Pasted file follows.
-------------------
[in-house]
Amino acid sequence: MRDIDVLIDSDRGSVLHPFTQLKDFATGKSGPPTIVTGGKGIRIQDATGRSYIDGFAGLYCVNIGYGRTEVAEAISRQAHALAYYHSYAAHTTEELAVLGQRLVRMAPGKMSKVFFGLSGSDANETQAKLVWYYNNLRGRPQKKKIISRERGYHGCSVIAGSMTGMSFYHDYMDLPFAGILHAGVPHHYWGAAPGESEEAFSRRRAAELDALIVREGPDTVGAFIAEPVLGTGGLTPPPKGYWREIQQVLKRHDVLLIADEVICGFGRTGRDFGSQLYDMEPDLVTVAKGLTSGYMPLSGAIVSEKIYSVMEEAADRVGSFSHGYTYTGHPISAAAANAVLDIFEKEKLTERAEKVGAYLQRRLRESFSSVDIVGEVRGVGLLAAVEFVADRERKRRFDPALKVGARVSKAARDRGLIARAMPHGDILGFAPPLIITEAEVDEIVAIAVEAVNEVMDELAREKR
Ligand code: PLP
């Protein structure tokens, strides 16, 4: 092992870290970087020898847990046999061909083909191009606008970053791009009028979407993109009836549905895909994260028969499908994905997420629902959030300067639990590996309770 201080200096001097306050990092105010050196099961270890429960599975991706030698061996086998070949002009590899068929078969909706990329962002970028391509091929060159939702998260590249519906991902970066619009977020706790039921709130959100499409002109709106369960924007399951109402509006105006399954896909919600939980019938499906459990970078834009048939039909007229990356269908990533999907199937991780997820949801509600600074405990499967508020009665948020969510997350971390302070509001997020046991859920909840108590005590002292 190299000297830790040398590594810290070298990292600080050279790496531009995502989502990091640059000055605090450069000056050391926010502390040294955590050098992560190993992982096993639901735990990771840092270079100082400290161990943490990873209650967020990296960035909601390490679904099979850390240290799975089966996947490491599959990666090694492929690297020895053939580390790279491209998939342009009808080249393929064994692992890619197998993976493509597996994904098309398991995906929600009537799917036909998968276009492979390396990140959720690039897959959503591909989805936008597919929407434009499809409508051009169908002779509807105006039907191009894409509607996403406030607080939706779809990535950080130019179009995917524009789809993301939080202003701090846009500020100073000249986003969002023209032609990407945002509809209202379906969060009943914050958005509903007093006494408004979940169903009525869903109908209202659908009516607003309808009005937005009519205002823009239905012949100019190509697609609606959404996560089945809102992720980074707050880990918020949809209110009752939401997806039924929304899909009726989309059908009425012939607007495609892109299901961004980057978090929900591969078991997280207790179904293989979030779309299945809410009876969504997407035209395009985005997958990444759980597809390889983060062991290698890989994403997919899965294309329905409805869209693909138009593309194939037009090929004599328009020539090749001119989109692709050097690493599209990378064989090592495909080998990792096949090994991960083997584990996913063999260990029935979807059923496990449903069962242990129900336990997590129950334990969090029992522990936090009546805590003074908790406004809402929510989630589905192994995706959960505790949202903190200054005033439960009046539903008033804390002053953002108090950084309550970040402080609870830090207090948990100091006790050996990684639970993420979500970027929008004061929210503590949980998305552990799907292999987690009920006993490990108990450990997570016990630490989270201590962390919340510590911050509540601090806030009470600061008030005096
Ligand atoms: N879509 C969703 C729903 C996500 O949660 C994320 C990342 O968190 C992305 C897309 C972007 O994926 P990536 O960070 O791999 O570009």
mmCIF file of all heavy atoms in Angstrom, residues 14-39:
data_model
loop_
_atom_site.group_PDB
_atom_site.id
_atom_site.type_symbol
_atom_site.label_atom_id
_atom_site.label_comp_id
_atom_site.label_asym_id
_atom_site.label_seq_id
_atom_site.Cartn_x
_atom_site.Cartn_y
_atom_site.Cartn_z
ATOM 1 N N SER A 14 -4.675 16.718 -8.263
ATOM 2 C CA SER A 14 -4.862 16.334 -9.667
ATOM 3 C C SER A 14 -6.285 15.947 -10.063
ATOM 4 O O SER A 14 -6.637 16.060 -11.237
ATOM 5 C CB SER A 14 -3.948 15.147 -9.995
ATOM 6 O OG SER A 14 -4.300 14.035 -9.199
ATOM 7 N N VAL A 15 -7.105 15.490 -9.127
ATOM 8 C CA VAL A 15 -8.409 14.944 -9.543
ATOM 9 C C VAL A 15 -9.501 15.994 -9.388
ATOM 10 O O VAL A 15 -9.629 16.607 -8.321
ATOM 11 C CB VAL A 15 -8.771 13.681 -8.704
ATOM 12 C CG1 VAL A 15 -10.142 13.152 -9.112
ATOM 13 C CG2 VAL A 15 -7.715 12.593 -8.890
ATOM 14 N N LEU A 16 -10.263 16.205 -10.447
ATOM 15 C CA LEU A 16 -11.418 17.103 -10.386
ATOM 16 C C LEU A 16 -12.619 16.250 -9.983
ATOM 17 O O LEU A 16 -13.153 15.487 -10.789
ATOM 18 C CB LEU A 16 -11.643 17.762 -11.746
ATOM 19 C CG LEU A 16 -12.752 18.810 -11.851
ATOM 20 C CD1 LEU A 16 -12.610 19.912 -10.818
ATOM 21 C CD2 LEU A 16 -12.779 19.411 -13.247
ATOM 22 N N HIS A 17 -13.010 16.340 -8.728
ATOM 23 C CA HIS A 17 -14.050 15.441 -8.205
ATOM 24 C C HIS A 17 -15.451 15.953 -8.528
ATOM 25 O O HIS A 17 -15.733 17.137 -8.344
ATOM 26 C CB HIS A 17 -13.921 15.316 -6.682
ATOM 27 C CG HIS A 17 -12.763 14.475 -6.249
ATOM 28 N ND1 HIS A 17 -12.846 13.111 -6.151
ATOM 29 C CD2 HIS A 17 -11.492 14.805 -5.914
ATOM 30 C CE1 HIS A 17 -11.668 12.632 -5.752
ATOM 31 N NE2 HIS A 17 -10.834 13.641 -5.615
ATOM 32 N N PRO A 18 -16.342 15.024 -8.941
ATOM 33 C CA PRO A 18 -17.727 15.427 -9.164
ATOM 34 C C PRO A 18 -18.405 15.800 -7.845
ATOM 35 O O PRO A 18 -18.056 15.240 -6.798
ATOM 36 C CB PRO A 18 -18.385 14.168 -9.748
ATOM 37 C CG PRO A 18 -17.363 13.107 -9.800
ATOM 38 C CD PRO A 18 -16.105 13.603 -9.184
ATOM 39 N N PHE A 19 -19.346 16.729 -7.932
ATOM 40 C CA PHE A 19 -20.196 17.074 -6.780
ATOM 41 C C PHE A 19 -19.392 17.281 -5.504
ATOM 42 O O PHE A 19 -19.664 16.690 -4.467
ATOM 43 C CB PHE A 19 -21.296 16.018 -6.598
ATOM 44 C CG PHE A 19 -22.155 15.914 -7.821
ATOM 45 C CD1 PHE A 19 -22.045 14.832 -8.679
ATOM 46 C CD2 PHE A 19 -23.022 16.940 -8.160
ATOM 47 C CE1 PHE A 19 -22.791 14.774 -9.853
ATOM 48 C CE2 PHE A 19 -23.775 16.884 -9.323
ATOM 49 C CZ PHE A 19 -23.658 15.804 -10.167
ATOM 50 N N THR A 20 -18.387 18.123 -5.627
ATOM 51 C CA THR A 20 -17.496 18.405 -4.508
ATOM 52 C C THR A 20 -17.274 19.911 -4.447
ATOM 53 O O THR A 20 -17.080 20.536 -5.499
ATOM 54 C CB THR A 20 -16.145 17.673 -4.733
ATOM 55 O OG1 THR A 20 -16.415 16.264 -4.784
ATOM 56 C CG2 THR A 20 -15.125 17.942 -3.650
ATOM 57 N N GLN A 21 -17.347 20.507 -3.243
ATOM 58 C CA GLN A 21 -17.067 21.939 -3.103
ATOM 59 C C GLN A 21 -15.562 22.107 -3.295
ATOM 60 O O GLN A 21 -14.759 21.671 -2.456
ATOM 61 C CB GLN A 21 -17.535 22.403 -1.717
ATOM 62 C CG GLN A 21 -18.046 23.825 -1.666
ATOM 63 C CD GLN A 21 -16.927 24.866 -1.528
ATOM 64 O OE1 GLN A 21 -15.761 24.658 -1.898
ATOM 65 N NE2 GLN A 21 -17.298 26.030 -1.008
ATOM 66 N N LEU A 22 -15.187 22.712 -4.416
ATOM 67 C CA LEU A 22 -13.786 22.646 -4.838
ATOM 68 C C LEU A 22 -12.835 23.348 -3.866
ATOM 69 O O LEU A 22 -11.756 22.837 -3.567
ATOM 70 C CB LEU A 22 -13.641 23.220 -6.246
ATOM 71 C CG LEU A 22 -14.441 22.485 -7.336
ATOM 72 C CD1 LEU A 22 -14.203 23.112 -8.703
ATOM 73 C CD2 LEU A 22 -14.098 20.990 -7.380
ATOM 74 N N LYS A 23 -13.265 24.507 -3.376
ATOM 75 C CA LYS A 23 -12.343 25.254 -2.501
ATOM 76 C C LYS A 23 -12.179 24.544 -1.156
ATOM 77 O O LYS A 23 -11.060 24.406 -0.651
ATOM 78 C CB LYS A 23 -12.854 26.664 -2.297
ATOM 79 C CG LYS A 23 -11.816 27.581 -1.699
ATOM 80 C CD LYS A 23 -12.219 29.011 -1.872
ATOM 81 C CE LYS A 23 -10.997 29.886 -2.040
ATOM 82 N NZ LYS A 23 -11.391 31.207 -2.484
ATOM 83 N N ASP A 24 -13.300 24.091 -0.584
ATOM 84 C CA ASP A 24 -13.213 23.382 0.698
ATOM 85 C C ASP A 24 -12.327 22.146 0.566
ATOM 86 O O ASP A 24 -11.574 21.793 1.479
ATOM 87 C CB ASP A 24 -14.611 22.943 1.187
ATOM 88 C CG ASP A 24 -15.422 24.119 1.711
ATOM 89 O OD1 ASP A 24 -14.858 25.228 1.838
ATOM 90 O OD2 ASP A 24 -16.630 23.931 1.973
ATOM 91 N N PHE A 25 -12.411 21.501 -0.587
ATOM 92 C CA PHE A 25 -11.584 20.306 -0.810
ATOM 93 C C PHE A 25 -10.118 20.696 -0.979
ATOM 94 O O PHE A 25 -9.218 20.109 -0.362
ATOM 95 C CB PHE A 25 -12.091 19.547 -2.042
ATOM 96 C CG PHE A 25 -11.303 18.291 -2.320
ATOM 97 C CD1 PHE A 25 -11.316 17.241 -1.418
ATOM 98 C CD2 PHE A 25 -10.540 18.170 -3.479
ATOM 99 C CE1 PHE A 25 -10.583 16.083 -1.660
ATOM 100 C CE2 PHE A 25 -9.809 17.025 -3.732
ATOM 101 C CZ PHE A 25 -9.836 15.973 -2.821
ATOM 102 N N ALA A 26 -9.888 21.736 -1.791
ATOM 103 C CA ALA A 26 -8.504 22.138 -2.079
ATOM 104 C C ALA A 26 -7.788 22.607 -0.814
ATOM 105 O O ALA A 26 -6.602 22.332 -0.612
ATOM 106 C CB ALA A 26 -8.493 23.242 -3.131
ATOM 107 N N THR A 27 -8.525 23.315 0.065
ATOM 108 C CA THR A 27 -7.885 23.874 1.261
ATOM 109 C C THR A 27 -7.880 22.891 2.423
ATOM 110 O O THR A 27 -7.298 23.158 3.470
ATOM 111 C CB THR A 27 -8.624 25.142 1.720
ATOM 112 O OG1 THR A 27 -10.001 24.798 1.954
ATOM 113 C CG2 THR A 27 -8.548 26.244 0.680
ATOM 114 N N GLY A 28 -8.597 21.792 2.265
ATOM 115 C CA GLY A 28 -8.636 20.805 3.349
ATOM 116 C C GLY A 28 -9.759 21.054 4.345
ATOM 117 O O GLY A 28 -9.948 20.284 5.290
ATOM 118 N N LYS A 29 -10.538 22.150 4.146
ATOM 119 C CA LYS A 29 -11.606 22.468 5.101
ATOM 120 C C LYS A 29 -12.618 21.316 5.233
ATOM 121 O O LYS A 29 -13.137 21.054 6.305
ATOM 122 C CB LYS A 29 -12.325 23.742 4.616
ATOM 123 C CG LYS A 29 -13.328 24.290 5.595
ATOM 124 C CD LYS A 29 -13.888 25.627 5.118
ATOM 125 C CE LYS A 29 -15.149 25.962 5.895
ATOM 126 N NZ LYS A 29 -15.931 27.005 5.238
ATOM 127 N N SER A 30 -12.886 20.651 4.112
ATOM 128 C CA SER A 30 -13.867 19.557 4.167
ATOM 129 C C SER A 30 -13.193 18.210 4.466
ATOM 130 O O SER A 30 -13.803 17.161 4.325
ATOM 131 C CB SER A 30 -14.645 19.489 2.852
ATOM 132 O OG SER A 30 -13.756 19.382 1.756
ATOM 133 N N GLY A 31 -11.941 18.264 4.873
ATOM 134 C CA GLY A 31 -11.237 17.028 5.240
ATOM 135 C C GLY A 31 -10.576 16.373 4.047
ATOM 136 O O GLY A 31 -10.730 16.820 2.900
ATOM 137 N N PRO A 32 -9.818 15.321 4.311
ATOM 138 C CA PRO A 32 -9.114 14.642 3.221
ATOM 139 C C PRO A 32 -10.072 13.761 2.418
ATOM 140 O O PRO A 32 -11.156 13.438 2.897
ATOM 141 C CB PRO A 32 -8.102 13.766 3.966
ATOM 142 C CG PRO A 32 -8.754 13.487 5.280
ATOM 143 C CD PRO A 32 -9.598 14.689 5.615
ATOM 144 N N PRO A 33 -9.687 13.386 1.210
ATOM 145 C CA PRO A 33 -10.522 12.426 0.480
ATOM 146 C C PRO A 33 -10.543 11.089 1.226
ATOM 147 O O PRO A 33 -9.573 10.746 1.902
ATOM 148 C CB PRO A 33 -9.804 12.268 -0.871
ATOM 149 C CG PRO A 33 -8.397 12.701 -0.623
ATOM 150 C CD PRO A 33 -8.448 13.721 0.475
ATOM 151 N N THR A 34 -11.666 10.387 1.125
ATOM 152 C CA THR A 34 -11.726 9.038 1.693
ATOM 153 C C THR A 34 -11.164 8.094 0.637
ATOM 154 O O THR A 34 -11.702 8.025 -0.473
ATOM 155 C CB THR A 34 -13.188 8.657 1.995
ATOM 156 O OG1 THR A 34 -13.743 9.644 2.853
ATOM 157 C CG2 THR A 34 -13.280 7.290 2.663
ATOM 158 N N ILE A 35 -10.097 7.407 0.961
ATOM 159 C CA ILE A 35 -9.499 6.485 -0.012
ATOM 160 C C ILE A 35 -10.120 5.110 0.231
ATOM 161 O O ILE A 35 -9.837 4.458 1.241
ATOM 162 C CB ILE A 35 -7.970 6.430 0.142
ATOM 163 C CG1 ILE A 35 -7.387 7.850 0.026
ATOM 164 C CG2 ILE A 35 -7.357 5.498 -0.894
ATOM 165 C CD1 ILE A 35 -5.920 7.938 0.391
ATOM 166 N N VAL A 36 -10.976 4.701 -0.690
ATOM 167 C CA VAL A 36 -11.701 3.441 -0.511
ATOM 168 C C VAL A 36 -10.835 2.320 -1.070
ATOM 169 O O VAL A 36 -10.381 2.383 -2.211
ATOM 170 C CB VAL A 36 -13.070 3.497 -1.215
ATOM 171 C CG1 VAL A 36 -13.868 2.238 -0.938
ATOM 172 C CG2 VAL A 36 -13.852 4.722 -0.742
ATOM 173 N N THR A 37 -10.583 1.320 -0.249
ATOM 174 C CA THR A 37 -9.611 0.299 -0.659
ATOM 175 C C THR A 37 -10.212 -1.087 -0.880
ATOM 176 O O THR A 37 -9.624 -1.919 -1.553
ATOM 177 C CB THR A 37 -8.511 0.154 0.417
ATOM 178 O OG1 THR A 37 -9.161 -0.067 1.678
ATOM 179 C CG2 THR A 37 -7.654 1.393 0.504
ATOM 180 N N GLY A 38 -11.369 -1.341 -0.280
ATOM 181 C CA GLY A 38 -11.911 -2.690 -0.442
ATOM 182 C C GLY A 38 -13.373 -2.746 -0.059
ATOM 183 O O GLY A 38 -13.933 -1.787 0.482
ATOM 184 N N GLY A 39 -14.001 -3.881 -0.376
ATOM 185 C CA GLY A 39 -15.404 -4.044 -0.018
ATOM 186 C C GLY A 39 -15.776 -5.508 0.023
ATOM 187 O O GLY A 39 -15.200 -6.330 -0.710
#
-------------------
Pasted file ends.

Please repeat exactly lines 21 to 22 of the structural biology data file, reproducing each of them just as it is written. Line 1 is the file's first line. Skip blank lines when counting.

ATOM 3 C C SER A 14 -6.285 15.947 -10.063
ATOM 4 O O SER A 14 -6.637 16.060 -11.237